The oil and gas industry has begun to recover as energy prices approach three-year highs. Global rig counts have increased 2% in the quarter and are relatively flat to 2Q20. Rig counts typically lag price adjustments by three to six months, with rig counts expected to rebound in the second half of 2021. 2Q21 nickel production increased 8% from 2Q20 and 5% from 1Q21 as operations recovered from pandemic-related closures. Booming Indonesian supply was slightly offset by production losses in the rest of the world with an accident at Nornickel, a closure in Myanmar and the ongoing strike at Vale's Sudbury operations. Chinese NPI production declined 15% in 2Q21, compared to 2Q20, while Indonesian NPI production increased 69% over the same period. Quarter over quarter Chinese NPI production was down 6%, while Indonesia NPI production increased 10%. Indonesia's first HPAL project, set to produce 36 ktpy for the battery market, started in April. Outlook While demand continues to recover and regional supply issues persist, we continue to see the market in a marginal surplus in 2021. Demand for nickel faces the impacts of global anti-inflationary measures, as the COVID-19 Delta variant lingers, and resilient stainless-steel production in China and Indonesia adapts to changing supply fundamentals. Growth in stainless steel production and a shift towards the electrification of the world economies will improve demand in the medium term. Strong government incentives and penalty programs continue to drive EV adoption rates as countries commit to low emission targets. This growth potential should favor high nickel content batteries chemistry due to its lower cost structure and higher energy density. The North American supply chain is particularly dependent on this market dynamic, as the commitment to green initiatives, including the development of the EV supply chain, has been inconsistent with governmental policy. Additions to both NPI and HPAL supply planned in Indonesia in the medium term may supply a large portion of the growth requirements for stainless steel and batteries. However, environmental concerns around the CO2 intensity of NPI and push for geographical diversification of the battery supple chains could cause volatility in the longer term. The most significant risk to lowering the CO2 emissions, in this case, is the lack of a viable alternative supply source from North America if the previously mentioned shortcomings are not resolved. Our long-term outlook for nickel remains very positive, driven by strong demand in the EV sector with the cost of ownership near or at parity with ICE vehicles and prevalence of nickel rich batteries. Additionally, as countries continue to set aggressive decarbonization goals, growth in EVs and the infrastructure needed to support them is crucial. Strength in markets previously heavily impacted by the pandemic, such as aerospace and energy, is improving accordingly with the success of the global COVID-19 vaccine rollout. The global pursuit of net-zero emission should positively impact the stainless steel, aerospace and energy markets in the long term. Copper The LME copper prices posted substantial gains in 2Q21, averaging US$ 9,700/t compared to US$ 8,504/t in 1Q21, a 14%, or nearly US$ 1,200/t, quarter over quarter increase. LME copper inventories at the end of 2Q21 stood at 211.5 kt, an increase of 67 kt from the end of the last quarter. SHFE inventories, including deliverable stocks, decreased by 34.6 kt to kt at the end of 2Q21. COMEX copper inventories fell by 19.7 kt, ending 2Q21 at 45.1 kt. Overall, copper exchange inventory increased by 12.8 kt, ending the quarter at 410.4 kt.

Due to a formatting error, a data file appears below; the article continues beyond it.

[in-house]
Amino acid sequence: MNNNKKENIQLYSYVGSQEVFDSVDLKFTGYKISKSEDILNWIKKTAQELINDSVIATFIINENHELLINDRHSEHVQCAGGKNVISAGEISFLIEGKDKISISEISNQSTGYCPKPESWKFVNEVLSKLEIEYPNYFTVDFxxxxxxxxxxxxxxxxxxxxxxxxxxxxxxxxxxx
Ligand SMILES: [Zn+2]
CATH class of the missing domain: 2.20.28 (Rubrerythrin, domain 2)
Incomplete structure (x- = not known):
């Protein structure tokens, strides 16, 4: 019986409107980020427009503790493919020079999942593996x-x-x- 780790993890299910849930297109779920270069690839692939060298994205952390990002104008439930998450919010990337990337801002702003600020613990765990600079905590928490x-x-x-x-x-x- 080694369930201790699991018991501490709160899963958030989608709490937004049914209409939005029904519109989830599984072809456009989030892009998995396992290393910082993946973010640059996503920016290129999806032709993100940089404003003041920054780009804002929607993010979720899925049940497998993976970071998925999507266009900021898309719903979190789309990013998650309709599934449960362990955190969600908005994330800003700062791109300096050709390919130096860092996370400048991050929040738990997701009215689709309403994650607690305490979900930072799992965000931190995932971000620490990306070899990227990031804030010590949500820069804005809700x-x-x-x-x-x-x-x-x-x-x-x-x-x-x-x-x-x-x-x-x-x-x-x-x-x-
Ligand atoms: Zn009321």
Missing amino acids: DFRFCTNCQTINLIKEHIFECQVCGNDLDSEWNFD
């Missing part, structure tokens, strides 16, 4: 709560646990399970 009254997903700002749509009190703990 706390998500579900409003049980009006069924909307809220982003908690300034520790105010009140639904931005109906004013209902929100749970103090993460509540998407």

Demand/Supply Global refined copper demand increased 2.2% in 2Q21 compared to 2Q20, with concentrate demand rising 3.4% over the same period. The US and European demand growth contributed most to the quarterly increase, offsetting weak Chinese demand. 2Q21 consumptions levels in Europe are now in line with those registered in 2019, pre-COVID. Manufacturing and construction activity remained robust in supporting copper consumption with Purchasing Manager Indexes showing all major regions are well in the expansion territory. Supply-chain disruptions and logistical bottlenecks seem to be easing on the production side, with global refined copper production increased 1.5% in 2Q21 vs. 2Q20. Nevertheless, concerns remain, particularly in Latin America, as union contract negotiations have not closed at important mines and other mines are still to start negotiations in the region. Furthermore, changing regulation and fiscal policies, such as tax increases on metal production, could impact mining investment in important producing countries. Outlook For 2021, we see the refined market in a deficit as demand strength is expected to continue through 2H21, with continued strength in US and Europe end-use markets. Reflecting these strong market fundamentals, copper cash prices spent most of May above $10,000/t. The concentrate market showed significant tightness in 1Q21, which resulted in spot treatments and refining charges (TCRCs) hitting multi-year lows. In 2Q21, TCRCs began to rebound slightly as more material became available and Chinese smelters limited purchases. Despite that, spot TCRCs ended 2Q nearly 40% below the 2021 benchmark of US$59.5/t (TR) and US$ 5.95 cents/Ib (RC). Additional support is coming from fiscal and monetary stimulus, mounting ESG pressures, and the accelerated transition towards sustainable energy, all of which is copper intensive. Our long-term outlook for copper remains very positive. Copper has a strong long-term growth profile, driven by industrialization, construction and electrical network infrastructure. Governments globally have set ambitious decarbonization targets, and coupled with falling costs of renewables, and stimulus investments in the green economy, long-term growth forecasts have been revised higher. This acceleration will lead to a pivot towards even more copper-intensive uses in renewable energy and transportation projects related to electric vehicles. On the supply side, growth continues to struggle given declining ore grades and the lack of major discoveries. While in the short term there are enough quality assets being developed to meet demand, significantly more quality assets will be required in the medium to long-term to replace existing operations ramping down or closing. Additionally, proposed increases to taxes and royalties in Chile and Peru are unlikely to impact existing production, but uncertainty and higher costs could defer investment, and we see some risk to longer-dated supply growth from key greenfield projects.